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Editors' Forum | JET fears for Jamaica's water and air quality

Published:Friday | October 6, 2017 | 12:00 AMErica Virtue
Diana McCaulay, chief executive officer of Jamaica Environment Trust.
Anthony McKenzie, director of environmental management and conservation at the National Environment and Planning Agency.

A Commonwealth Foundation-funded study on the air and water quality for the island of Jamaica has revealed a raft of worrying concerns, including high levels of air pollution, lack of regulations, and even where they are present, lack of implementation.

The study, which was done by the Jamaica Environment Trust (JET), titled 'Air and Water Quality Report for Jamaica', and presented at a Gleaners Editors' Forum yesterday, has stakeholders worried that the lack of environmental standards continues to threaten the health of the nation. Now, there is an urgent call for action before more Jamaicans become victims.

Diana McCaulay, chief executive officer of JET, told the forum that the study was done following two previous ones involving communities affected by air- and water-quality issues.




"We consistently found issues with air and water quality, and even where we had good regulations and guiding documents, implementation is what trips us up every time," McCaulay shared.

According to her, the study found that there was a lack of coordination between state agencies, and there is no explicit commitment to public education, thereby making it difficult for the public to get information.

A major concern of the environmentalist with 26 years' experience is the absence of accredited labs, including that of the major watchdogs and standards-setting agency, the National Environment and Planning Agency (NEPA).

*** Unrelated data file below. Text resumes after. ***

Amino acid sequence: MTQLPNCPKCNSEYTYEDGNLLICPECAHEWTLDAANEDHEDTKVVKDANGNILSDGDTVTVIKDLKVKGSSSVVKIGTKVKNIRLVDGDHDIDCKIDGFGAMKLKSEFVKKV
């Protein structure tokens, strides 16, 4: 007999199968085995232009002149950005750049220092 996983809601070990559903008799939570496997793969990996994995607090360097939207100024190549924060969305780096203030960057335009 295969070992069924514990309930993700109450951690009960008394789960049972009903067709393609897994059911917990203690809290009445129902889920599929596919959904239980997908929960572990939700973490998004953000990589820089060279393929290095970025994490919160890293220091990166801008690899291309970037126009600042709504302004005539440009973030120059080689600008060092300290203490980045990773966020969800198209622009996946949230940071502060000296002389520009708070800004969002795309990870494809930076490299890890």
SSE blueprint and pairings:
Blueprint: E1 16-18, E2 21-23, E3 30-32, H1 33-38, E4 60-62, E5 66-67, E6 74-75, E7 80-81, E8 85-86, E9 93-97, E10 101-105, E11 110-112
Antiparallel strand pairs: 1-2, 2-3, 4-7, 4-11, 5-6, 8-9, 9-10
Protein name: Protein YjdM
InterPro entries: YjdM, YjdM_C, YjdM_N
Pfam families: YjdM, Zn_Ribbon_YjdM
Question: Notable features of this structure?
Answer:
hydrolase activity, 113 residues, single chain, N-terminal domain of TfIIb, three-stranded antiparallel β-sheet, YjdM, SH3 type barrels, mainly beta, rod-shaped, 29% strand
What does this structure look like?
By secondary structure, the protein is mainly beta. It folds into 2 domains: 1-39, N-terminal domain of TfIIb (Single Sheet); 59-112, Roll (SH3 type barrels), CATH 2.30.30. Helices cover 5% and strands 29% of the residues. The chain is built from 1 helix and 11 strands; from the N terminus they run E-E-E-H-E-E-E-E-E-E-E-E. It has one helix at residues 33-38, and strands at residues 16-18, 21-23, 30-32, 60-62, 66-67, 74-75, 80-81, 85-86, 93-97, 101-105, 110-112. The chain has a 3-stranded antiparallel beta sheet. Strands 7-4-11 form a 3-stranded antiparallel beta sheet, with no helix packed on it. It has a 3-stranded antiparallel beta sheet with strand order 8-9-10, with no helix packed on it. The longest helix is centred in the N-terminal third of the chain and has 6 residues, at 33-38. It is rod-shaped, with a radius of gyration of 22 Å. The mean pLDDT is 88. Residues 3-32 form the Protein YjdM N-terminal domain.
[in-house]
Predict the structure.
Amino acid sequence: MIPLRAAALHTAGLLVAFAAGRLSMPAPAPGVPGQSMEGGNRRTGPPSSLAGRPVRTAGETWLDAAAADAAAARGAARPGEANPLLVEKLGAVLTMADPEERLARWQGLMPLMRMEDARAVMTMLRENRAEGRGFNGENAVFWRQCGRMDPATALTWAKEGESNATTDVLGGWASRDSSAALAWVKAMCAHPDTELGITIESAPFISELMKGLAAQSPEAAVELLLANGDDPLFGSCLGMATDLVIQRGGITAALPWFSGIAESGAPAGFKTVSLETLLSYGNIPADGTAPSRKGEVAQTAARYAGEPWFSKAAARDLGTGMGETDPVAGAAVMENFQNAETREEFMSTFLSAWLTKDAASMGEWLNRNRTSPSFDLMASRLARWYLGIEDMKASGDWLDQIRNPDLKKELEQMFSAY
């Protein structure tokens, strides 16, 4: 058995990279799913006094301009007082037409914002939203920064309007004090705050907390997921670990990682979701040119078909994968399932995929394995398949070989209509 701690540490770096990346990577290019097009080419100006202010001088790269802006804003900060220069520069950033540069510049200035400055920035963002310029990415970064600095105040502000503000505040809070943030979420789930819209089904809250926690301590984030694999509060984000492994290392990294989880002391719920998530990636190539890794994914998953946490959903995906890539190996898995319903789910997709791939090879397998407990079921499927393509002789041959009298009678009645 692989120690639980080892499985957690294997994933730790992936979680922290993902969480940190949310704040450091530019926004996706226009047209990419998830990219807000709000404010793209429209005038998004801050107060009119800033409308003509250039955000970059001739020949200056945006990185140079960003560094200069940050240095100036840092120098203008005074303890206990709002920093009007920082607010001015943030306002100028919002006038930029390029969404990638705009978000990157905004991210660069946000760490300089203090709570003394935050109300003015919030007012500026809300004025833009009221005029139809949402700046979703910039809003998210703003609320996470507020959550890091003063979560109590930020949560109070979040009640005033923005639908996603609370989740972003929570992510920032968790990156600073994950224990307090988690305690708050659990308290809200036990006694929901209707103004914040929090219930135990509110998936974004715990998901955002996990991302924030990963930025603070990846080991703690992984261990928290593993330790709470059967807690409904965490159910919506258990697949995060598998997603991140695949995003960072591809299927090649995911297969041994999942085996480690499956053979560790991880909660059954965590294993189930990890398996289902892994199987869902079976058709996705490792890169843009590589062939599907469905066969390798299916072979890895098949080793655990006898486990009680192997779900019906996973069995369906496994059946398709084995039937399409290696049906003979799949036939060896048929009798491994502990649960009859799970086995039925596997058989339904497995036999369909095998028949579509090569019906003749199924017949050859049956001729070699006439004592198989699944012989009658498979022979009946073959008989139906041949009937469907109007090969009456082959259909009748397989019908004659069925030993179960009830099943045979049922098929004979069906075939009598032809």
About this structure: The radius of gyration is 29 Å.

She charged that all major waste-disposal sites in Jamaica were operating without licences for years, and issued permits are not adhered to, after which they expire.

The absence of motor vehicle pollutant standards has been on the long bench of conversation for decades, and to date, standards remain outstanding.

NEPA, McCaulay said, relied heavily on businesses to conduct its own testing.

... No legal drinking-water standards in Ja

Diana McCaulay, chief executive officer of the Jamaica Environment Trust (JET), expressed shock that the Riverton Fire of 2015 - which led to a blanket of smoke covering Kingston, St Andrew, St Catherine, and Clarendon, and a host of respiratory illnesses - was not deemed to have breached air-quality standards.

"We wondered if in fact it was the standards themselves, laws that needed review. And that is why we wrote this review, the Jamaicans for Clean Air and Water Project, because we wanted to look at the actual standards that guide whether or not air and water quality is safe for people to breathe and to drink," she explained at a Gleaners Editors' Forum at the media house's North Street office yesterday.

Four communities, namely Ewarton, Hayes, Bull Bay, and Port Morant, were targeted for the 'Air and Water Quality Report for Jamaica', presented at the forum.

On the issue of water standards, McCaulay expressed further shock that interim drinking-water standards have never been finalised, "so there are, in fact, no legal drinking-water standards in Jamaica".

She lamented that there was no way to prove the message that drinking-water standards were of a high quality from the National Water Commission (NWC). She also said that there was no bottled-water standard. While acknowledging that the NWC's message may be true, the absence of standards makes it unprovable.




"So we went through a process to make sure that the government stakeholders had a chance to review the findings and make their comments. The document was presented to the stakeholders and the community groups on March 15, 2017. The final draft was circulated to the agencies there for their written review. We received input from NEPA (National Environment and Planning Agency) but no one else," McCaulay said.

NEPA's representative at the forum, Anthony McKenzie, director of environmental management and conservation, said that JET and NEPA were partners and had years of relationship on environmental issues. He said that the agency accepted the findings and committed to working towards all-round improvements for standards.

He expected that NEPA's testing lab would be accredited by February 2018. All employees of the lab were university trained, he said.